1603 – 1625 James I of England and VI of Scotland

1603 The burial of George Wood ‘dwelling at the sign of the White Horse in the Market Place the xxiv day of February 1603’ is recorded.

1605 The Gunpowder Plot was discovered which had aimed to blow up the King and Parliament.

1605 The Earl of Northumberland of Syon was suspected of being involved in the Gunpowder Treason and was imprisoned in the Tower for many years. He was released after paying a fine of £30,000. During his imprisonment he became known as The Wizard Earl because of the scientific experiments he conducted with Sir Walter Raleigh and Thomas Harriot.

1607 The settlement of Jamestown was established in America. The leader of the settlers was Captain John Smith who was captured by Indians. He was rescued by the Chief’s daughter, Pocahontas who later married another settler, John Rolfe. Tobacco was grown there and exported to England.

1610 Brentford Market was abolished by James I as the rent had not been paid by the Hawley family. A new license was granted by the King after representation by local people.

1611 King James’ Authorised version of the Bible was published

1612 The County Justices held their court at the Doves Inn in the Market Place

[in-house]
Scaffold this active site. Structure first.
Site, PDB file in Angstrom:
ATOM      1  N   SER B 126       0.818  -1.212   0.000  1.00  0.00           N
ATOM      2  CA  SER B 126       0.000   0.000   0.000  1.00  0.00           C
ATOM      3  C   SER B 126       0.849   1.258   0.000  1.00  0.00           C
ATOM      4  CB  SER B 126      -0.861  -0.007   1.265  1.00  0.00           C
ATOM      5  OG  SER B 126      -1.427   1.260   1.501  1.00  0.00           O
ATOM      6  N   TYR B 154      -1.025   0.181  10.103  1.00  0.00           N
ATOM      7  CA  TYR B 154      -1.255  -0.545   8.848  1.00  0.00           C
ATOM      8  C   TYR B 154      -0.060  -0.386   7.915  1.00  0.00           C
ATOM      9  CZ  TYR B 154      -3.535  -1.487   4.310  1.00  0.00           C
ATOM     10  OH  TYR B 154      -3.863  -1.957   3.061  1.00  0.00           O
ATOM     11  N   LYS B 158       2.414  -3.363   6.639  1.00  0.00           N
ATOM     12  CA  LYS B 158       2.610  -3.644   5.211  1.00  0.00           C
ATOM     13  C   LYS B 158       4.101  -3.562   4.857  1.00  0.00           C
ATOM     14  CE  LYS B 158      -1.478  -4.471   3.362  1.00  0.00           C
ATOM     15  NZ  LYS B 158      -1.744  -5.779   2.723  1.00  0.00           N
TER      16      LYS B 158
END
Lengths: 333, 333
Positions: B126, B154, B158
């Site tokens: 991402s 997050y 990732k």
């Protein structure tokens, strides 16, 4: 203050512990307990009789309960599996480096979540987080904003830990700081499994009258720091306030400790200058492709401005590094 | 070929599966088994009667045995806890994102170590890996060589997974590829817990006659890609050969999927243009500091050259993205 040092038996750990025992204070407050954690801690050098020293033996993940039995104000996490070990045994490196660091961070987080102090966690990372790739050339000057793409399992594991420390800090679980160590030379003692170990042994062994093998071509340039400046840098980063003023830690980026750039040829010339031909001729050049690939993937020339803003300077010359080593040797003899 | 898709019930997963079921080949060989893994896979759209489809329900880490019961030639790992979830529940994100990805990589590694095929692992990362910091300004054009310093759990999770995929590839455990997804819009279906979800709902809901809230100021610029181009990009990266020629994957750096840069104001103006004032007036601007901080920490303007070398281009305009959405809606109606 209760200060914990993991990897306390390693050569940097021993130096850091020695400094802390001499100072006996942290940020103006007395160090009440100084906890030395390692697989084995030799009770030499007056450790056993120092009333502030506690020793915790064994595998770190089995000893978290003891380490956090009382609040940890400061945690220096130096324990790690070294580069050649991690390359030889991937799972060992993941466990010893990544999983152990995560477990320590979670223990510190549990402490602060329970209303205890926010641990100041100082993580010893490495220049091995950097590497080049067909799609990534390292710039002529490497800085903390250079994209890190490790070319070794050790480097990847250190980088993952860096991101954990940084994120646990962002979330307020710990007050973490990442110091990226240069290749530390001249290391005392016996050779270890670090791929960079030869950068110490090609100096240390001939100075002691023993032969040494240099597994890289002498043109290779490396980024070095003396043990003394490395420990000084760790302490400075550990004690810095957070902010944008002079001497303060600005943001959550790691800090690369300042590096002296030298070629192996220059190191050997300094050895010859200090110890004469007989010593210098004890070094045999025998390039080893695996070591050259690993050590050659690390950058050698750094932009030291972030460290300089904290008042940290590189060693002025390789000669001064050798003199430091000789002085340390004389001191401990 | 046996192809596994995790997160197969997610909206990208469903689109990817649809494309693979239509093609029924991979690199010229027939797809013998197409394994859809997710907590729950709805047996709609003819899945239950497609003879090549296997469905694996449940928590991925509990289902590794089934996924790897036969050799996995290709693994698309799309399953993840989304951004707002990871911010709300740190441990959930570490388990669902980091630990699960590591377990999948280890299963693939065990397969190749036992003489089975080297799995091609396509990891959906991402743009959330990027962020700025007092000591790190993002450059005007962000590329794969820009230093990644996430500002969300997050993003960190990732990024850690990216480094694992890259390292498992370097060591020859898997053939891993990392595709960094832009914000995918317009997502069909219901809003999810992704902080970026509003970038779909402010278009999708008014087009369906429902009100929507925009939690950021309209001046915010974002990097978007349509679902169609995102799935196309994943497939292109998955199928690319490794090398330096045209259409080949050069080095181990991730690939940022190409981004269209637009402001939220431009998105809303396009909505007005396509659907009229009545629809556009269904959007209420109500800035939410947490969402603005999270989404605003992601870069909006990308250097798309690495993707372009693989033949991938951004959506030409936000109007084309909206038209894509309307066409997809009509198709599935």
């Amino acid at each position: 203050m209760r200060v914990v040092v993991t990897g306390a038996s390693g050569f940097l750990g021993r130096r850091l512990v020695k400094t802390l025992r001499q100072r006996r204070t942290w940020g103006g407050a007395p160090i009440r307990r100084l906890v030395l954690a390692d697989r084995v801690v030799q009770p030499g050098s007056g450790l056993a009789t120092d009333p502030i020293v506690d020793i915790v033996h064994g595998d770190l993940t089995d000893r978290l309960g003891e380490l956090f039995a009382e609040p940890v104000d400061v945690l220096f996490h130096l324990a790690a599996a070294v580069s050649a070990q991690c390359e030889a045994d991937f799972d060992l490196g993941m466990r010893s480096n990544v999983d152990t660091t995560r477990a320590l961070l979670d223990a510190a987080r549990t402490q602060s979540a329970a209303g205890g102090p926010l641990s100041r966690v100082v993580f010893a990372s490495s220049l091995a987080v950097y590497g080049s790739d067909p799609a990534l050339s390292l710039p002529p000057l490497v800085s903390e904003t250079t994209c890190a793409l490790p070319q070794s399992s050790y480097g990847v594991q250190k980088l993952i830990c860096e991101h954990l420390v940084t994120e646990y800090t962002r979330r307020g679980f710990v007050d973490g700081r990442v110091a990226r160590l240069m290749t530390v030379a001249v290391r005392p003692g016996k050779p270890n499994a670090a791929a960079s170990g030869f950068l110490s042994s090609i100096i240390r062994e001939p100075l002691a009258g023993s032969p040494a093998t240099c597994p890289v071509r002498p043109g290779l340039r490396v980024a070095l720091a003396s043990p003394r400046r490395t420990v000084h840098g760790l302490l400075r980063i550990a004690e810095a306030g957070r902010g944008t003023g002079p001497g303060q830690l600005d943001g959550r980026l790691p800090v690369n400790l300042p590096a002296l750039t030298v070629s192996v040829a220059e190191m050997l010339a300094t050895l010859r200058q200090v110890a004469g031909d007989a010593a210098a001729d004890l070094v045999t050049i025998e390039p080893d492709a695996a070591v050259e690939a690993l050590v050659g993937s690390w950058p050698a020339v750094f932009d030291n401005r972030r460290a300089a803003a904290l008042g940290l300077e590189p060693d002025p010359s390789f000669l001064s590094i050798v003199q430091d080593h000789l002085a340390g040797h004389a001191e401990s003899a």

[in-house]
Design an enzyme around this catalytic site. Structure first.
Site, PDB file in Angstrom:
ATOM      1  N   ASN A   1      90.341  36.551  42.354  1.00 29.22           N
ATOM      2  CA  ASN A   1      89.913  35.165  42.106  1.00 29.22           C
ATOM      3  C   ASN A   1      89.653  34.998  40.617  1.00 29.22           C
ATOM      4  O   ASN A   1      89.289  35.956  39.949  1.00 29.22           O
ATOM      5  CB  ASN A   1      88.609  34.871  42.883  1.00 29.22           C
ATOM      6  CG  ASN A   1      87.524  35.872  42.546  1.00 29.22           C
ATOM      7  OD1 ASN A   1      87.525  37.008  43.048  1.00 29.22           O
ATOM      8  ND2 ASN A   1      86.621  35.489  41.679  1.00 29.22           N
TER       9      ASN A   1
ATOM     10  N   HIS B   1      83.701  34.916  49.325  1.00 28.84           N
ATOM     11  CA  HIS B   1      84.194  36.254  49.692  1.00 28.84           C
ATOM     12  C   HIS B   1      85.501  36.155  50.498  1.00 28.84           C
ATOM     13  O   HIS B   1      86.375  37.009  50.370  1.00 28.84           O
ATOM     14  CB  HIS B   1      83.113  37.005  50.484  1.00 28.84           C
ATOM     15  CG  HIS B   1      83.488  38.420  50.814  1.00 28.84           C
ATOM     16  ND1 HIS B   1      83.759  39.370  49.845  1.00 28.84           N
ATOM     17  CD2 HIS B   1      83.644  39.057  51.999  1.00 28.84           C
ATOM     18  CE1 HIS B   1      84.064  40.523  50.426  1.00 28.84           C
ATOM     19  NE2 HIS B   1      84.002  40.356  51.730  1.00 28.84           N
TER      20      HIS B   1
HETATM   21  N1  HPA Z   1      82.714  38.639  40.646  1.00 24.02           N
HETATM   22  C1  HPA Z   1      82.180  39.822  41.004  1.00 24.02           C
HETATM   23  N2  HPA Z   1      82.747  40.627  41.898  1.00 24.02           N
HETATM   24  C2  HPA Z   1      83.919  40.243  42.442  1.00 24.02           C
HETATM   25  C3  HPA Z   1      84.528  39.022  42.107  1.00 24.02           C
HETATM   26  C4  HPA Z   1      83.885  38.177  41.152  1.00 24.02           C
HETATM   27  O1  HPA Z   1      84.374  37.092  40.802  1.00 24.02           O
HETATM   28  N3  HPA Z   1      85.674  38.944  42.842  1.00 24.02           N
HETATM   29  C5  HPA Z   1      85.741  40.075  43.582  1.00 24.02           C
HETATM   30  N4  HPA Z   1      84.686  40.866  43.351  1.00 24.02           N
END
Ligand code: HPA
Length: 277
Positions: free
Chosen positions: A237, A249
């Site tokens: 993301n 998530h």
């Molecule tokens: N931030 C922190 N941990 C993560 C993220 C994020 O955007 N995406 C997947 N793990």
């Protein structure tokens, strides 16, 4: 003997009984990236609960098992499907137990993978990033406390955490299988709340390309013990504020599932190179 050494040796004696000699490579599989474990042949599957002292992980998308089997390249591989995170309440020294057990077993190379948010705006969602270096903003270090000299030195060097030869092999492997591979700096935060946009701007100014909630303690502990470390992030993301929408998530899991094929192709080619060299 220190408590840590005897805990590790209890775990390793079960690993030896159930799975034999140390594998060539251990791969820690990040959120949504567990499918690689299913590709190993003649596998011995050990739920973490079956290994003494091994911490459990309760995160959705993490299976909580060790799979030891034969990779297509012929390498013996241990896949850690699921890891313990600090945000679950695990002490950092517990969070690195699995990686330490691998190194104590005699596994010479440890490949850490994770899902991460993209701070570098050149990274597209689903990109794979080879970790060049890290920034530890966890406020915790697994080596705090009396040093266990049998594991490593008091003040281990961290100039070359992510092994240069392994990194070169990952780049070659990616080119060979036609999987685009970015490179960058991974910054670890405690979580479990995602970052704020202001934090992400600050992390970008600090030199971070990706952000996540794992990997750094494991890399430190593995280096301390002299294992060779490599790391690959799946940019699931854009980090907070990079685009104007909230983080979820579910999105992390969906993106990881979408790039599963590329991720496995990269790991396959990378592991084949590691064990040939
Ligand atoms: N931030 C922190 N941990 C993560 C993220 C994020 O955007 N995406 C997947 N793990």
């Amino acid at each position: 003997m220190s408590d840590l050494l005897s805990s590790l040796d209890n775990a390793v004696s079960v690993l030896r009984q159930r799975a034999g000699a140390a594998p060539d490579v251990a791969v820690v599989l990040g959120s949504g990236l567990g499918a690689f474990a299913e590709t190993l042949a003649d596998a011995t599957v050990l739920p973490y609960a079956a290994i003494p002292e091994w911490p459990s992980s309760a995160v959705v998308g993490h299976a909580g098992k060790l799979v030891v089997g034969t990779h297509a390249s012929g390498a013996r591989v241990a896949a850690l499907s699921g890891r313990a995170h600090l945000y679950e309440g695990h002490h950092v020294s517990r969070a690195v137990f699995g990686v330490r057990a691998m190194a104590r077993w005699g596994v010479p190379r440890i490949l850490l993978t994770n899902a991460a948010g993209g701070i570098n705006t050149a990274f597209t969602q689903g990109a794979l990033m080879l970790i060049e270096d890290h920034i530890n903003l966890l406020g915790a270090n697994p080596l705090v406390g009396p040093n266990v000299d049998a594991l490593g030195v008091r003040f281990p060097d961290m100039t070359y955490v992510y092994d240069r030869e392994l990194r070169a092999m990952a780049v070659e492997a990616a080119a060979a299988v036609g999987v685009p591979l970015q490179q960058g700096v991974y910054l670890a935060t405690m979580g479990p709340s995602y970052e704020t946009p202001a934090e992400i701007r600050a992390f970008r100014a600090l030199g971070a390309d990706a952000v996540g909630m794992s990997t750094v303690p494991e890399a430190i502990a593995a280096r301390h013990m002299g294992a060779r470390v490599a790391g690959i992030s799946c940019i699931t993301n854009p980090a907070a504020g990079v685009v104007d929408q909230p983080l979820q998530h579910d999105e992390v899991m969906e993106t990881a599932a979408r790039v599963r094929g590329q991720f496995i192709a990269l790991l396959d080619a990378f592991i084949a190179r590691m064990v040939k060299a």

1616 William Shakespeare died

1616 The Indian Princess, Pocahontas, stayed with her husband, John Rolfe, in a house on the site of the Royal Mail sorting office before they set off on their journey to return to America. She died before the ship had left the Thames and was buried at Gravesend.

1621-3 Lady Mary Reade built the first section of the present Boston Manor House. On its completion she married Sir Edward Spencer of Althorp, Northamptonshire.

In the same year she and the Earl of Northumberland were summonsed, as Lords of the Manors of Boston and Syon, for not keeping Brentford bridge repaired.

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Next: 1625-1659

One thought on “1603-1623

  1. People in early 17th century Brentford often organised various public sports in aid of charitable causes, which now would seem rather bizarre…

    One of these sports was “hocking”. On Hock Day, held soon after Easter, the highways of Brentford would be barred with ropes. The idea was to catch and tie up unsuspecting passersby with the ropes, and demand cash from them – the profits going to charitable and pious purposes. In 1624 the local sports authorities “clear’d £7.3s 7d by Hocking” – apparently the women hockers being the most successful.

    One of the most popular games was “chasing the ox”. The maiden ladies of Brentford were required to chase a fat ox with their thumbs tied behind them. “The lady who succeeded in capturing the beast with her teeth was distinguished as lady of the ox. The animal was afterwards killed and cleaned and carried on a long pole to the Butts Common, where music and morrice dancing followed”.

    Source: Fred Turner, History & Antiquities of Brentford, 1922, p.48-49

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